Bullying thrives through technology

0
818
Instances of cyber-bullying spiked by 39% between 2008 and 2011 /Image:sideooryk.com

Instances of cyber-bullying spiked by 39% between 2008 and 2011 /Image:sideooryk.com

Cases of cyber-bullying have increased substantially

Article: Brady Knight – Contributor

Less than a month ago, Federal Justice Minister Peter MacKay announced the federal government would introduce new legislation to fight cyber-bulling during the fall session of parliament. However, many argue legislation alone is not enough to solve the problem. Students today have more technology than ever at their disposal. Almost everybody has a cell phone – even kids in elementary school – and most use social networking sites, particularly Facebook.

But although this technology has its benefits, it also provides a platform for bullying. While bullying, or even cyber-bullying is nothing new to schools, the frequency with which it has taken the national spotlight in Canada has increased substantially.

A prominent list of cyber-bullying victims has been steadily growing. Included are names such as Amanda Todd, Rehtaeh Parsons, and more recently Todd Loik, who have all committed suicide in the last 12 months.

“I think what we need is more education,” said Libby Robertson, a grade 12 student at Balfour Collegiate. “Students [need] to know what the problem is, and what the consequences are, and things like that. I don’t think students are afraid of federal government laws.”

That sentiment is echoed by Brian Trainor, a retired Sergeant with the Saskatoon Police Force, and a recognized educator on cyber-bullying. He maintains new legislation is not required in order to prosecute bullies.

[pullquote]“Students [need] to know what the problem is, and what the consequences are, and things like that. I don’t think students are afraid of federal government laws.” [/pullquote]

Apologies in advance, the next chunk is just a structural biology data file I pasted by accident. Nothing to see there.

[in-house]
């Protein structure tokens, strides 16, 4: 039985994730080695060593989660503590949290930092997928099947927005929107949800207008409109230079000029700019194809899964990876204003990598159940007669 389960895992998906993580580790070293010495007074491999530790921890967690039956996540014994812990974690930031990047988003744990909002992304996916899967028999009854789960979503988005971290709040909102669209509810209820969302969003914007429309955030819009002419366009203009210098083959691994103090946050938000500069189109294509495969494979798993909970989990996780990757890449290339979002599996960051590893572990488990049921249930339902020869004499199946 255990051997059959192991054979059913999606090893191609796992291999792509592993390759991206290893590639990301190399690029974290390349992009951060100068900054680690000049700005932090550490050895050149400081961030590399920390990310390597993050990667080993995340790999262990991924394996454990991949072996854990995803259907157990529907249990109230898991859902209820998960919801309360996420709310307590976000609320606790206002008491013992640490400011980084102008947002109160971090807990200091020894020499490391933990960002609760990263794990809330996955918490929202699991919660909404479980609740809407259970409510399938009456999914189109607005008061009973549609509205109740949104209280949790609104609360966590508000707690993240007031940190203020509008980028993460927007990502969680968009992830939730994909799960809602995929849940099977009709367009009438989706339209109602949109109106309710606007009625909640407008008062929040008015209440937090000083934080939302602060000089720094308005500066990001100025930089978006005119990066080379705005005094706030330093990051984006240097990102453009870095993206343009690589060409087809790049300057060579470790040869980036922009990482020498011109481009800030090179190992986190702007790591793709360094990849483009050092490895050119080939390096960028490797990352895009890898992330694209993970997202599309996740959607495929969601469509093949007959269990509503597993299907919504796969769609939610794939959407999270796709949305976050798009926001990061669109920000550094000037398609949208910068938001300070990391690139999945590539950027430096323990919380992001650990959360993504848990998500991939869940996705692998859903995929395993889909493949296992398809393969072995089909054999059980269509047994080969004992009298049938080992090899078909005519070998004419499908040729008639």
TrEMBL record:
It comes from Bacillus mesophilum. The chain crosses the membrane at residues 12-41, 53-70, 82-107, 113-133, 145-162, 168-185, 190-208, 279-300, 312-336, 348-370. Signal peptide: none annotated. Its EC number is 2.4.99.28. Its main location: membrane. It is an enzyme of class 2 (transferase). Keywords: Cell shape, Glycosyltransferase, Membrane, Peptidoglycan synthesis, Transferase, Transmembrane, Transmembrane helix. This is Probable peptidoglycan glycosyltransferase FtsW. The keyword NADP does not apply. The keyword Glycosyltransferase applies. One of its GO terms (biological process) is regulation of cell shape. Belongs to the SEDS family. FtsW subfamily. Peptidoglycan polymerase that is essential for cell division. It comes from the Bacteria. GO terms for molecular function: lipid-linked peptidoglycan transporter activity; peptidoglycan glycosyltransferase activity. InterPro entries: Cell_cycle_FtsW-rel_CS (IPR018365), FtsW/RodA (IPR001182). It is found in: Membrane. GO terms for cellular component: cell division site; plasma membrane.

“I’m kind of torn a bit. I agree with [MacKay], but I don’t know if it’s necessary, because the laws are already in place with the Criminal Code. Assault and harassment and threats and stalking – that’s all in place,” he said. “The laws are there, the police just have to apply them in the cases that warrant it.”

Trainor believes the manner in which police approach bullying behaviour needs to be modified as well.

“I think the problem lies in old-school thinking within the police departments, that ‘ah that’s a kid’s thing, it’s not a criminal thing.’ Well that’s a bunch of nonsense.”

Experts agree cyber-bullying is on the rise. A study released last year looked at cases involving cyber-bullying in Canada, Australia, the United Kingdom, and the United States. Among the 41 cases examined by the team lead by Dr. John LeBlanc of Dalhousie University, there have been at least five per year since 2008. That number jumped to 13 in 2011. All of the victims were between 13 and 18 years of age.

Robertson feels there is not enough conversation around the topic of bullying among teens, noting once students leave school grounds, demeanours change in an instant.

“When you go home and when you get on the screen, it feels like you’re a different person, and that you’re kind of outside the problem,” she said.

A number of provinces have introduced anti-bullying legislation over the past year. Ontario implemented Bill 13 in late 2012, and Nova Scotia followed suit this August.

Manitoba has also passed provincial legislation, with Bill 18 finally proclaimed on Oct. 10. The bill faced strong opposition from religious institutions due to its requirement of schools to accommodate specific anti-bullying student groups, including gay-straight alliances.

Comments are closed.